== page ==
Patrick asks state to cut even more

Seeks to trim $1.5b from tight budget

FULL RECOVERY STILL ELUSIVE Despite an economy on the rebound and higher tax collections, cuts are still necessary, finance secretary Jay Gonzalez said. FULL RECOVERY STILL ELUSIVE
Despite an economy on the rebound and higher tax collections, cuts are still necessary, finance secretary Jay Gonzalez said.
By Michael Levenson
Globe Staff / December 15, 2010

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Governor Deval Patrick will propose a budget for next year that would cut $1 billion to $1.5 billion across state government, reductions that could hit aid to cities and towns and programs that have been repeatedly slashed in recent years.

Jay Gonzalez, Patrick’s secretary of administration and finance, said yesterday that although the economy is improving and state tax collections are rebounding, cuts are necessary because revenues have not fully recovered from the recession, federal stimulus money has run out, and demand is rising for state services.

Gonzalez, offering the administration’s most extensive remarks to date about next year’s budget, said the governor would seek savings through stricter pension controls and limits on the rising cost of health care. But he warned that the options were limited, and that the pain would, once again, be spread across an array of state programs.

“Tough choices are going to have to be made,’’ Gonzalez told a packed State House hearing.

Gonzalez acknowledged after the hearing that local aid, which pays for police officers, firefighters, and other municipal workers — and was cut by 4 percent this year — may be sliced again.

“We’ve got to look at everything in terms of how we balance this budget,’’ he said. “It’s going to be a challenge next year, and everything is on the table.’’

The governor’s grim budget for the next fiscal year, which begins July 1, would mark the fourth year in a row the state has cut spending on services to cope with the recession and its aftermath.

Those reductions have already frayed the state’s social services network and forced cities and towns to lay off teachers, close firehouses, and trim staff.

Next year’s cuts may hit even harder, because they come on top of the previous years’ belt-tightening, said Michael J. Widmer, president of the Massachusetts Taxpayers Foundation, a business-backed watchdog group. He said there is no way to trim $1.5 billion from the $27.6 billion state budget without further reducing local aid.

Mayor Thomas M. Menino of Boston, who pulled staff out of eight community centers, closed the city’s printing plant, and laid off workers in part because of local aid cuts this year, said he is already bracing for the fallout.

“I believe that we will have a . . . further reduction in state aid over the next fiscal year,’’ he told reporters yesterday. “It’s very complicated for us.’’

Menino said the expectation that local aid will be reduced bolsters the argument for giving cities and towns the power to set their employees’ health benefits without union approval, which state law currently prohibits. The governor has been reluctant to embrace such a proposal, which is strongly opposed by public employee unions.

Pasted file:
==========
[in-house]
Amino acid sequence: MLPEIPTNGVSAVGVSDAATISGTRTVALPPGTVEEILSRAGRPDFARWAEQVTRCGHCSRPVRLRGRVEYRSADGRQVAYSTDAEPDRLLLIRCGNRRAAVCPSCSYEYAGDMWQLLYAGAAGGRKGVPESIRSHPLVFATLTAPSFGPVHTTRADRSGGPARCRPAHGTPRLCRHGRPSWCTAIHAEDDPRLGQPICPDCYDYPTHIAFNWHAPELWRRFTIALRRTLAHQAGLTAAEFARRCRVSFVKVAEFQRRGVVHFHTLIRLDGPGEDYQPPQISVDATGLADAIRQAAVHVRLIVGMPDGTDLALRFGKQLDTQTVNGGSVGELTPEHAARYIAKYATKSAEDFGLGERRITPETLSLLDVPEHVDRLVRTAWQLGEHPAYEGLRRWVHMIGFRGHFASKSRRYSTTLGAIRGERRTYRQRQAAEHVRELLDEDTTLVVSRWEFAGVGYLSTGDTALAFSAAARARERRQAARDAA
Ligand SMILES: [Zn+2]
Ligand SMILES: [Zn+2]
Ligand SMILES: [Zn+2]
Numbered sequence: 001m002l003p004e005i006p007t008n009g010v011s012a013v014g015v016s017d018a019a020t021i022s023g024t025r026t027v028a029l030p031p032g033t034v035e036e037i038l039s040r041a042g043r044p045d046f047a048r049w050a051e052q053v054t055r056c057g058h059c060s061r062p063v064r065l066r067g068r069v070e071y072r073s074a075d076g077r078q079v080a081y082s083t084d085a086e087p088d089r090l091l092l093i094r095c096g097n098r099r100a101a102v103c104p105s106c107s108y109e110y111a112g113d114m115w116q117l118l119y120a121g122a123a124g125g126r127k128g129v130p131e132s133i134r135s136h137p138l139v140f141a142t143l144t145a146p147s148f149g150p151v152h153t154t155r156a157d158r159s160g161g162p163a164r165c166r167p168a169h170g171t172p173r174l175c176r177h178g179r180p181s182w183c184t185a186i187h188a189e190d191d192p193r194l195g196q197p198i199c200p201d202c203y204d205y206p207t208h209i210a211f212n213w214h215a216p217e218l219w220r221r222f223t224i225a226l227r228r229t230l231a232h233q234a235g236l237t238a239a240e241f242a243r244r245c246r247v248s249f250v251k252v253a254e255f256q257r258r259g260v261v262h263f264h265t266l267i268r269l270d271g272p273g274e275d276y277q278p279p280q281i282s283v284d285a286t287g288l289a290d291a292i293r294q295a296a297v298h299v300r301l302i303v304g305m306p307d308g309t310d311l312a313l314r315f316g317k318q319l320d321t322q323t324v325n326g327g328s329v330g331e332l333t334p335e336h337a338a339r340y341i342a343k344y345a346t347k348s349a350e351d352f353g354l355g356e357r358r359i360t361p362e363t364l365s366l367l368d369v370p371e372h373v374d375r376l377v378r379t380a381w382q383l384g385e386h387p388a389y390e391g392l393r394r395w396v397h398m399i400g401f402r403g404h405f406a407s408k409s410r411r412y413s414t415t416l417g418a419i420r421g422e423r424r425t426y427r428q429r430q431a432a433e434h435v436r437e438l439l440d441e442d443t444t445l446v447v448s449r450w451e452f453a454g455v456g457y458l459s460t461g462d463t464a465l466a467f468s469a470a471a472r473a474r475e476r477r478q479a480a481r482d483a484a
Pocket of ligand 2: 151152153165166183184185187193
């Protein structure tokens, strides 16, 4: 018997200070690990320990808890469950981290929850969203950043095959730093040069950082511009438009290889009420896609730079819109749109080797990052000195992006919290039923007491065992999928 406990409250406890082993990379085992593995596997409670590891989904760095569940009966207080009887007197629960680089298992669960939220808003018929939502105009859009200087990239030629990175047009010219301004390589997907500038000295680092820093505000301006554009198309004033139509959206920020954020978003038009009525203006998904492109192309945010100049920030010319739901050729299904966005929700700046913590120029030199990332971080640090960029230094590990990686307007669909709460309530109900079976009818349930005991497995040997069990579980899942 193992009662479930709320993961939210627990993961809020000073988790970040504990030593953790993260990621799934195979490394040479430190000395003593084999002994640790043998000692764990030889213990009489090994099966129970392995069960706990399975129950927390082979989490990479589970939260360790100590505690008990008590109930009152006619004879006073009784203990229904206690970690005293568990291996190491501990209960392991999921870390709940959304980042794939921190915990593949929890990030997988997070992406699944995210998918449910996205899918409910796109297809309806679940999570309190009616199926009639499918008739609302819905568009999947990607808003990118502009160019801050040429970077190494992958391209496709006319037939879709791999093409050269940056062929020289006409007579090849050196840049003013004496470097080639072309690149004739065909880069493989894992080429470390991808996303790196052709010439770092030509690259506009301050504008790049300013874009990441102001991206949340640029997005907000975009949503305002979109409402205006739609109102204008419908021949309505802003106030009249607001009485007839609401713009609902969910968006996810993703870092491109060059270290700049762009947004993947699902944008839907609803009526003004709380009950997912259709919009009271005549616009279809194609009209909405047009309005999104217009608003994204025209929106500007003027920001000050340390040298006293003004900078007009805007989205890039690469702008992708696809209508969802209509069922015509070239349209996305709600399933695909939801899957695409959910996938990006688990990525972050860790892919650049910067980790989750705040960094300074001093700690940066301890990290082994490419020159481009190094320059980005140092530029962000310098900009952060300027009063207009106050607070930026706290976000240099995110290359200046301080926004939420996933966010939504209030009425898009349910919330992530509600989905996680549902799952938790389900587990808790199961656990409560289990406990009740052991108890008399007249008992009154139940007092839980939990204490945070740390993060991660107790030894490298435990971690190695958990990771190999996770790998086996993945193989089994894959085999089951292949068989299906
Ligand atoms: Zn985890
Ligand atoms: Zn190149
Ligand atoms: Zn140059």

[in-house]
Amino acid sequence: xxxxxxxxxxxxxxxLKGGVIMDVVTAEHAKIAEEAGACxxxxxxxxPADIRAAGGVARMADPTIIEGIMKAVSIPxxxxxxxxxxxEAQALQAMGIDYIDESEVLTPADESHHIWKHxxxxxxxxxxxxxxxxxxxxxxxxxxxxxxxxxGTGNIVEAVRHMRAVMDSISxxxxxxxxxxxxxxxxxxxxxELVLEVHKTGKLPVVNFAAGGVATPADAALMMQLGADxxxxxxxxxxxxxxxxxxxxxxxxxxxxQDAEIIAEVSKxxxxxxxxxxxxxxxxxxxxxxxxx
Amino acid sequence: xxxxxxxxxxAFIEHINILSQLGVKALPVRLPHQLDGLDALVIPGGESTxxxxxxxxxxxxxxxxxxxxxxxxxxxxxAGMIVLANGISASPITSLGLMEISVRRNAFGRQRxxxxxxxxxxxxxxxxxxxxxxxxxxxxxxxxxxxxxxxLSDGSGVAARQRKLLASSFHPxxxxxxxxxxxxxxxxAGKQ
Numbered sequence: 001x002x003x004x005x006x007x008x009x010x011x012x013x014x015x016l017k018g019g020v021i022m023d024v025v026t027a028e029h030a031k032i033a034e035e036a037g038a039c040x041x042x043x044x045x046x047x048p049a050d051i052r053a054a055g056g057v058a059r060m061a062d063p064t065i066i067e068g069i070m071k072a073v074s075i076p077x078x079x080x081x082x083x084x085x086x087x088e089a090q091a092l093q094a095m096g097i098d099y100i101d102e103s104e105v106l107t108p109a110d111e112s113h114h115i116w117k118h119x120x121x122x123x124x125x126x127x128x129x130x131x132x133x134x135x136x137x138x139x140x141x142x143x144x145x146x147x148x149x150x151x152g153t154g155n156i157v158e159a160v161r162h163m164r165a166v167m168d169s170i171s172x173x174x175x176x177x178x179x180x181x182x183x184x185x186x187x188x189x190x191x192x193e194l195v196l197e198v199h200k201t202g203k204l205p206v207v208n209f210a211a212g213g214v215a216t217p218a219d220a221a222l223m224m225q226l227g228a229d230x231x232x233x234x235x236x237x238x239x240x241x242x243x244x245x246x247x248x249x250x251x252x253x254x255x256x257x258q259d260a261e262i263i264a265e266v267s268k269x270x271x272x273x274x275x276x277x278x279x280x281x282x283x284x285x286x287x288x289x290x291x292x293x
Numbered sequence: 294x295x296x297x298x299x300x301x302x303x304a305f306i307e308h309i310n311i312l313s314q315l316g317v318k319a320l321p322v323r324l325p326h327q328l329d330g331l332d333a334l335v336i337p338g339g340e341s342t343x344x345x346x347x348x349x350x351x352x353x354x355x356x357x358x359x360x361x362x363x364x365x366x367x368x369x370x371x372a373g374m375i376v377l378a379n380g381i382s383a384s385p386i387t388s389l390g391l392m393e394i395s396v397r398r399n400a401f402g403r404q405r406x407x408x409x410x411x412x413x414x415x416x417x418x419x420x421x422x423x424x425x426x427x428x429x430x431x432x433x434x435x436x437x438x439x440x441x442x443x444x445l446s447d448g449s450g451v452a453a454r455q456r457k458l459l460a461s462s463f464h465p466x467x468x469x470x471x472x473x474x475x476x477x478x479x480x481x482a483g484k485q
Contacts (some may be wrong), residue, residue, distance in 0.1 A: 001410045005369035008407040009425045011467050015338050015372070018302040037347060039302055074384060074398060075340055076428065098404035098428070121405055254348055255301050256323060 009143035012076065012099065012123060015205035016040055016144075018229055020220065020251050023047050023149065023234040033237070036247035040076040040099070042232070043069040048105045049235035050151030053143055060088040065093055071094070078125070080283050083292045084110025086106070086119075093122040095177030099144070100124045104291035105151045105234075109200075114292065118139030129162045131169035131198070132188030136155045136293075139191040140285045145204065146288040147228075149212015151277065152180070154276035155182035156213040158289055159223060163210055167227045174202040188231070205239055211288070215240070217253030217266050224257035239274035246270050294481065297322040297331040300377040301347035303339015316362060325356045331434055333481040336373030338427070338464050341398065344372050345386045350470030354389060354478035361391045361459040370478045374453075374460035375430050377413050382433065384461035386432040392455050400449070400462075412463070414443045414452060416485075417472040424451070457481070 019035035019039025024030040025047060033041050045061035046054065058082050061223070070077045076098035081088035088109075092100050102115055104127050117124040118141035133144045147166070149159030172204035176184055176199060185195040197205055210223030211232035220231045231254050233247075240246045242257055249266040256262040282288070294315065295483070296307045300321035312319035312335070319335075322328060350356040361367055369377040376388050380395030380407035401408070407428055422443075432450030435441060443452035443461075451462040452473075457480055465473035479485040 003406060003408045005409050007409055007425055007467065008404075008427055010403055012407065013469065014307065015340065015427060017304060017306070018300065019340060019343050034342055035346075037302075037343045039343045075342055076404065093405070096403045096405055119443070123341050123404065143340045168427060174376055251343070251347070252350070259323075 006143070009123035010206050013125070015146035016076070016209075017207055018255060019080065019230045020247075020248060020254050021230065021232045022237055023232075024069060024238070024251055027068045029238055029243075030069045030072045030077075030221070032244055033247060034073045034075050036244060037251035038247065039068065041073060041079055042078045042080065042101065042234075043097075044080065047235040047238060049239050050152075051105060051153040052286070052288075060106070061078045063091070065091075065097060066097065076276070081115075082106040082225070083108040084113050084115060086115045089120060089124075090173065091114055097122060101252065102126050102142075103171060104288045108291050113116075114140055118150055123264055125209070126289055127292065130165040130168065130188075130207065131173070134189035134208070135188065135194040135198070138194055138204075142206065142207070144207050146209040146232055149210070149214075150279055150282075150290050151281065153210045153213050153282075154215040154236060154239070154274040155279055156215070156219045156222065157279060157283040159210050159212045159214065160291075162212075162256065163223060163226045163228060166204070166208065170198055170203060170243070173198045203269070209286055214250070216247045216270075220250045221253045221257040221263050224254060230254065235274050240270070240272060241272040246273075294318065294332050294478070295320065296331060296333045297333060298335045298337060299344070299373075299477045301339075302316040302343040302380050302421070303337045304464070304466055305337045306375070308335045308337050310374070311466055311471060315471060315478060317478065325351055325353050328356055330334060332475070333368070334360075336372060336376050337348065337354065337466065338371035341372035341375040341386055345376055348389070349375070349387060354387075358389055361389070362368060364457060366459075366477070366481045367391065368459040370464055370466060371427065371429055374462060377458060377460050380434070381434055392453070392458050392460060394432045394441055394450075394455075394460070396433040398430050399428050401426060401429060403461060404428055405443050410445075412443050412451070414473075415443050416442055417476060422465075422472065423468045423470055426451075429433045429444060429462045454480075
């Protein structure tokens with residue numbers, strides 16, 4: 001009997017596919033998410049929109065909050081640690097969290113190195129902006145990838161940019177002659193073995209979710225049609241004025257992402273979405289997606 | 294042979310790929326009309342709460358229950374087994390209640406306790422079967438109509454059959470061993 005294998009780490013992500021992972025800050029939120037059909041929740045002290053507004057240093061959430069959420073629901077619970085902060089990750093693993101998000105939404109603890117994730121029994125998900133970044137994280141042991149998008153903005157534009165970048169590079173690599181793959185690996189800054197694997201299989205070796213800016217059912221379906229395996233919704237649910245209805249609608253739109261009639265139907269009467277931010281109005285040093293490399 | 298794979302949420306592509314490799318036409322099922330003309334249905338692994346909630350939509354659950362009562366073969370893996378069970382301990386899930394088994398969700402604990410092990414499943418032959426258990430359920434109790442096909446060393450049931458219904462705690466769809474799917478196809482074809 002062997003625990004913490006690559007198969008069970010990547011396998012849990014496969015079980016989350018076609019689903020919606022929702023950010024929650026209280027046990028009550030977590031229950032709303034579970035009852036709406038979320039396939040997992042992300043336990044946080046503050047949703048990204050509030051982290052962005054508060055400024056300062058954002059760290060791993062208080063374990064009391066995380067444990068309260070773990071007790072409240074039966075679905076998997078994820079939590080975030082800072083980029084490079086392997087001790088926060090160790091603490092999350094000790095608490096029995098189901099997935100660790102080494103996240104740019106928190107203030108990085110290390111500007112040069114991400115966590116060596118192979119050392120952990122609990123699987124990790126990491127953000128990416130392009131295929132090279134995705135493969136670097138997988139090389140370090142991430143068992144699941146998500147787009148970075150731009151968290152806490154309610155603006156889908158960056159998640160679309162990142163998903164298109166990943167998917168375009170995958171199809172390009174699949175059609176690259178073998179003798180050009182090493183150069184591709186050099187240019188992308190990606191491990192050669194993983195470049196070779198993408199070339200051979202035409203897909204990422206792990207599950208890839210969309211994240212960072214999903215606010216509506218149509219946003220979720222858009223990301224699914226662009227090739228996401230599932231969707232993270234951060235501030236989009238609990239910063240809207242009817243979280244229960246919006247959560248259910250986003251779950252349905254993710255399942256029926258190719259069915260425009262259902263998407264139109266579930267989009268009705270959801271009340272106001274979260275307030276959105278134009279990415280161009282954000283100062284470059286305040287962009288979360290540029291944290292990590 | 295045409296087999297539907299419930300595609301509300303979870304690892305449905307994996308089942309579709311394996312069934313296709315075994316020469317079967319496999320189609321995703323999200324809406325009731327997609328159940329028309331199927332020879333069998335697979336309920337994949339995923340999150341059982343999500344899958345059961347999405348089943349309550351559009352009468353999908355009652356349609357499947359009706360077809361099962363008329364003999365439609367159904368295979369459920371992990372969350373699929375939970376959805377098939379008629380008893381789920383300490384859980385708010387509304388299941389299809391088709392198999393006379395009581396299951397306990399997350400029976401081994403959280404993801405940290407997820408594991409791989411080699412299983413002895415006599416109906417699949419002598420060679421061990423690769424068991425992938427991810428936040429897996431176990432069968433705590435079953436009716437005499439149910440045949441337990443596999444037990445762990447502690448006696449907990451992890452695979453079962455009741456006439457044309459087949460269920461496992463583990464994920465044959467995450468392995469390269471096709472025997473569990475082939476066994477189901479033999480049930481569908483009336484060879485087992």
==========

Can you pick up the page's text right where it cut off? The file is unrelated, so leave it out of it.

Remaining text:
“Health insurance costs us $300 million a year,’’ Menino said, according to the State House News Service. “It’s eating away at the functional services of city government.’’

Independent budget specialists have estimated that the state is facing a $2 billion shortfall for the budget year.

But Gonzalez said the governor, who will file his proposal with the Legislature next month, will cut only $1.5 billion to close that gap, because he will make up the rest through cost-saving measures, which he declined to detail. The House and Senate will each produce its own budget blueprint in the coming months. Patrick and legislative leaders have all said they have no plans to raise taxes.

Gonzalez reiterated that the governor wants, over the long term, to further overhaul the pension and health care systems, but Patrick has not specified what changes he wants to make. And any savings from those changes would take years to materialize.

Gonzalez also declined to outline the cuts the governor will recommend next month. Nevertheless, his decision to assign the $1.5 billion figure to those cuts marked a shift for the administration, which had sidestepped questions about the budget during the governor’s reelection campaign.

“It’s not going to be easy,’’ Gonzalez said. “There are going to be a lot of areas where the budgets are less than they are this year. And it’s going to mean we have to be effective at controlling costs, particularly in areas like health care that have been growing at rates that are unsustainable.’’

One major cost driver is MassHealth, the state Medicaid program, in which enrollment has grown as more families suffer job losses and other ill effects of the economic climate.

Officials noted that the state is also coping with the loss of $1.5 billion in federal stimulus funds that helped avert deeper cuts in the current budget year. Tax collections are $515 million above expectations, a positive sign, but that windfall is being eaten up by rising demand for health care for the poor, homeless shelters, and public defenders.

“It’s going to be one of the more painful years we have seen in this Commonwealth, from a budgetary standpoint, in memory,’’ said Steve Grossman, the incoming state treasurer. “We all have to recognize we’re not out of the woods yet, despite some of the green shoots. We’re in a very fragile time.’’

That sentiment was echoed by Steven C. Panagiotakos, the Senate’s outgoing budget chief, who said after yesterday’s hearing that cuts were one of the only options left for solving the budget gap.

“It’s not something that’s easily fixed,’’ he said. “It’s going to mean tremendous sacrifices in everything — cuts, salaries, wages, services. Everything.’’

Michael Levenson can be reached at